Cristin-resultat-ID: 1356406
Sist endret: 31. januar 2017 09:57
Resultat
Vitenskapelig artikkel
2016

Simulating asymmetric growth and retreat of Hardangerjøkulen ice cap in southern Norway since the mid-Holocene

Bidragsytere:
  • Henning Åkesson
  • Kerim Hestnes Nisancioglu
  • Rianne H. Giesen og
  • Mathieu Morlighem

Tidsskrift

The Cryosphere Discussions
ISSN 1994-0432
e-ISSN 1994-0440
NVI-nivå 0

Om resultatet

Vitenskapelig artikkel
Publiseringsår: 2016

Beskrivelse Beskrivelse

Tittel

Simulating asymmetric growth and retreat of Hardangerjøkulen ice cap in southern Norway since the mid-Holocene

Sammendrag

Changes to the volume of glaciers and ice caps currently amount to half of the total cryospheric contribution to sea-level rise and are projected to remain substantial throughout the 21st century. To simulate glacier behavior on centennial and longer time scales, models rely on simplified dynamics and tunable parameters for processes not well understood. Model calibration is often done using present-day observations, even though the relationship between parameters and parametrized processes may be altered for significantly different glacier states. In this study, we simulate the evolution of the Hardangerjøkulen ice cap in southern Norway from the mid-Holocene through the Little Ice Age (LIA) to the present-day. For both the calibration and transient experiments, we run an ensemble using a two-dimensional ice flow model with local mesh refinement. For the Holocene, we apply a simple surface mass balance forcing based on climate reconstructions. For the LIA until 1962, we use geomorphological evidence and measured outlet glacier positions to find a mass balance history, while from 1963 until today we use direct mass balance measurements. Given a linear climate forcing, we find that Hardangerjøkulen grew from ice-free conditions in the mid-Holocene, to its maximum LIA extent in a highly non-linear fashion. During the fastest stage of growth (2200-1200 BP), the ice cap tripled its ice volume over only 1000 years. We also reveal an intriguing spatial asymmetry during advance and retreat; the western ice cap and the northern outlet glacier Midtdalsbreen grow first and disappear first. In contrast, the eastern part, including the northeastern outlet glacier Blåisen, grows last and disappears last. Furthermore, volume and area of several outlet glaciers, as well as of the entire ice cap, vary out-of-phase for multiple centuries during the late Holocene, before varying in-phase approaching the LIA. We relate this to bed topography and the mass balance-altitude feedback, and challenge canonical linear assumptions between ice cap extent and glacier proxy records. Thus, we provide new insight into long-term dynamical response of ice caps to climate change, relevant for paleoglaciological studies and future predictions. Our model simulates ice cap extent and outlet glacier length changes from the LIA until today that are close to observations. We show that present-day Hardangerjøkulen is extremely sensitive to surface mass balance changes, mainly due to a strong mass balance-altitude feedback for the gently sloping surface topography of the ice cap.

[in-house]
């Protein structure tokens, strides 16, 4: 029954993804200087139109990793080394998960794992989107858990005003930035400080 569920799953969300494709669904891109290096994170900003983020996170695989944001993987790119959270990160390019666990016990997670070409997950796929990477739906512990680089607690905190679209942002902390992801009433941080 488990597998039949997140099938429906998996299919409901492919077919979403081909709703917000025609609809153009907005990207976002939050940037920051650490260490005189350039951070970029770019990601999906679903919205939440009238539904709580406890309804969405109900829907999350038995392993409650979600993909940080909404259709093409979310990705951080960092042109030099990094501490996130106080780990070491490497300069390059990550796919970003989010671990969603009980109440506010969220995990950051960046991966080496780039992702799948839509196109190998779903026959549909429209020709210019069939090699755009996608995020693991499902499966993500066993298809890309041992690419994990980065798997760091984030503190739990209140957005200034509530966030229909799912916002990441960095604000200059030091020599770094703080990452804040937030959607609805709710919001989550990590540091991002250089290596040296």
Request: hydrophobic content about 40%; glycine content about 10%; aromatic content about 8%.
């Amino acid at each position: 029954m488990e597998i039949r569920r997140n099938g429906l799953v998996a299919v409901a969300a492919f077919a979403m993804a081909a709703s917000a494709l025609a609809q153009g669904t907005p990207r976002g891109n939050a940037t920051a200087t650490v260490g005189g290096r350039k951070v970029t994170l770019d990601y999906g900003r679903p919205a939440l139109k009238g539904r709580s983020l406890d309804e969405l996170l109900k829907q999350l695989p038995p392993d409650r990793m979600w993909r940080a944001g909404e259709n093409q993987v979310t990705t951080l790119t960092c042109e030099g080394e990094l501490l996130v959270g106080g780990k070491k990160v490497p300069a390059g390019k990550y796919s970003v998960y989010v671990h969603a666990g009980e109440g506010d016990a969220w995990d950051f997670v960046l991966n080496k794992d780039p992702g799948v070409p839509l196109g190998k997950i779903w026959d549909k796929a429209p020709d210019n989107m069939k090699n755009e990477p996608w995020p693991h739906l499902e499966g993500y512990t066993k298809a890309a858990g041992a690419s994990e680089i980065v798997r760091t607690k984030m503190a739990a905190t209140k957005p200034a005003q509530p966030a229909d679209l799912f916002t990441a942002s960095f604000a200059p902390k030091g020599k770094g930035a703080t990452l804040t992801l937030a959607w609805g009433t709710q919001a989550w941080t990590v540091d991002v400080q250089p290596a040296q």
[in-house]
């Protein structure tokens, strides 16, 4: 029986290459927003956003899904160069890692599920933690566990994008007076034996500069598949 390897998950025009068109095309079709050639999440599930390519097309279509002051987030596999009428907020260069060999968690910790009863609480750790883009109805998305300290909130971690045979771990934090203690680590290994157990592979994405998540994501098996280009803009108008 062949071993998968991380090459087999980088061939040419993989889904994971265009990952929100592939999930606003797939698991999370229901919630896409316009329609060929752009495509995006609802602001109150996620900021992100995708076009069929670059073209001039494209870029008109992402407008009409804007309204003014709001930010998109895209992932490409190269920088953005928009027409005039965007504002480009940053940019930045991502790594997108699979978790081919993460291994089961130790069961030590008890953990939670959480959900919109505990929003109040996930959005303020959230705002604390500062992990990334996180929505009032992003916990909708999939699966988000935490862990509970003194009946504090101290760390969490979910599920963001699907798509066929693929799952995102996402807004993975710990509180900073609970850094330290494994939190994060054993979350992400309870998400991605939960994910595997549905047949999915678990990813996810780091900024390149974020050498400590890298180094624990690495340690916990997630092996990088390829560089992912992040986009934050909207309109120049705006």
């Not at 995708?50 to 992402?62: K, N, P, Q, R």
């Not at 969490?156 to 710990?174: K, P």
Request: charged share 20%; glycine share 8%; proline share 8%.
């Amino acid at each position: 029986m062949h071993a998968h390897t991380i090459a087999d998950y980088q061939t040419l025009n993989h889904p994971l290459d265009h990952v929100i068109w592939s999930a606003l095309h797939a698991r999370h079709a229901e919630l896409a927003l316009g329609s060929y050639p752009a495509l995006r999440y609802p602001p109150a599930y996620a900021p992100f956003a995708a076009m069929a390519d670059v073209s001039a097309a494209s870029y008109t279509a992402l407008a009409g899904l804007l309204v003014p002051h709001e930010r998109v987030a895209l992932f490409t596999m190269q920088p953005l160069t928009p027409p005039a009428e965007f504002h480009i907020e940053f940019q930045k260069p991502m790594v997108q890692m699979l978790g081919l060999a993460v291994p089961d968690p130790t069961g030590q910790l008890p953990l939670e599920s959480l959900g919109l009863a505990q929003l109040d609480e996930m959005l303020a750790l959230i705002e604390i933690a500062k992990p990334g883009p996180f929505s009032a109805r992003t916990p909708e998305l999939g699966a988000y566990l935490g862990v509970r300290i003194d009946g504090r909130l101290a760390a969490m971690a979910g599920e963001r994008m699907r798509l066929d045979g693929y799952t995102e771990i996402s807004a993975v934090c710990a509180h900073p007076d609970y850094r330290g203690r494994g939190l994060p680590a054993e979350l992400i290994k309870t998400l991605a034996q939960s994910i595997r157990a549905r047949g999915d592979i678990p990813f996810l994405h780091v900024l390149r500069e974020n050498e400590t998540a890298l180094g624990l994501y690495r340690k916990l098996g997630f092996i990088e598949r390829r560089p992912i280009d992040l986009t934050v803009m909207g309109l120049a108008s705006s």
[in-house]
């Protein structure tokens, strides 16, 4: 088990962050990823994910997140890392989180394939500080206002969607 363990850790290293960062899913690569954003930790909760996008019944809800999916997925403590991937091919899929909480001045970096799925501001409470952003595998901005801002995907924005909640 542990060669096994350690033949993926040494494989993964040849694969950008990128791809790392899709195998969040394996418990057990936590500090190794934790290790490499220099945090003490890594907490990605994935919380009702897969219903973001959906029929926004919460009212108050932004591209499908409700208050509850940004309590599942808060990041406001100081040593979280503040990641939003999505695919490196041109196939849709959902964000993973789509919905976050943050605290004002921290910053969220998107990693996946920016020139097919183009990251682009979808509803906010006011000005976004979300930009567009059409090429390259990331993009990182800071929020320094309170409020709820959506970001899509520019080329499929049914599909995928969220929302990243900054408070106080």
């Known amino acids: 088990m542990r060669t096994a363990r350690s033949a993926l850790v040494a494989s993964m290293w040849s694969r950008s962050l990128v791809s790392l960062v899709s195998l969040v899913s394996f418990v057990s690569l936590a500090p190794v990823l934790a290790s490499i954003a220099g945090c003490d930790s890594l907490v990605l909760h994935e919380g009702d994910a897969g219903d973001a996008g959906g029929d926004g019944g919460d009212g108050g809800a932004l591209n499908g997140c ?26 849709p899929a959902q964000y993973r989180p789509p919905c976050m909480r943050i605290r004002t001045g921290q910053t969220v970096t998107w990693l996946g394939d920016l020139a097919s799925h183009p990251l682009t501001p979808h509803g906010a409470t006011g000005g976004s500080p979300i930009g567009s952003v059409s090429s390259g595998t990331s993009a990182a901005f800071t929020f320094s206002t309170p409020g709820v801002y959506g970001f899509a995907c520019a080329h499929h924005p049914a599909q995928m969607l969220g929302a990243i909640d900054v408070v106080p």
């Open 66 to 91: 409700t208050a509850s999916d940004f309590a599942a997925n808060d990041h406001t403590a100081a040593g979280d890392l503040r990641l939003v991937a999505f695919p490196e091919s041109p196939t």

Bidragsytere

Henning Martin Åkesson

Bidragsyterens navn vises på dette resultatet som Henning Åkesson
  • Tilknyttet:
    Forfatter
    ved Institutt for geovitenskap ved Universitetet i Bergen

Kerim Hestnes Nisancioglu

  • Tilknyttet:
    Forfatter
    ved Institutt for geovitenskap ved Universitetet i Bergen

Rianne H. Giesen

  • Tilknyttet:
    Forfatter

Mathieu Morlighem

  • Tilknyttet:
    Forfatter
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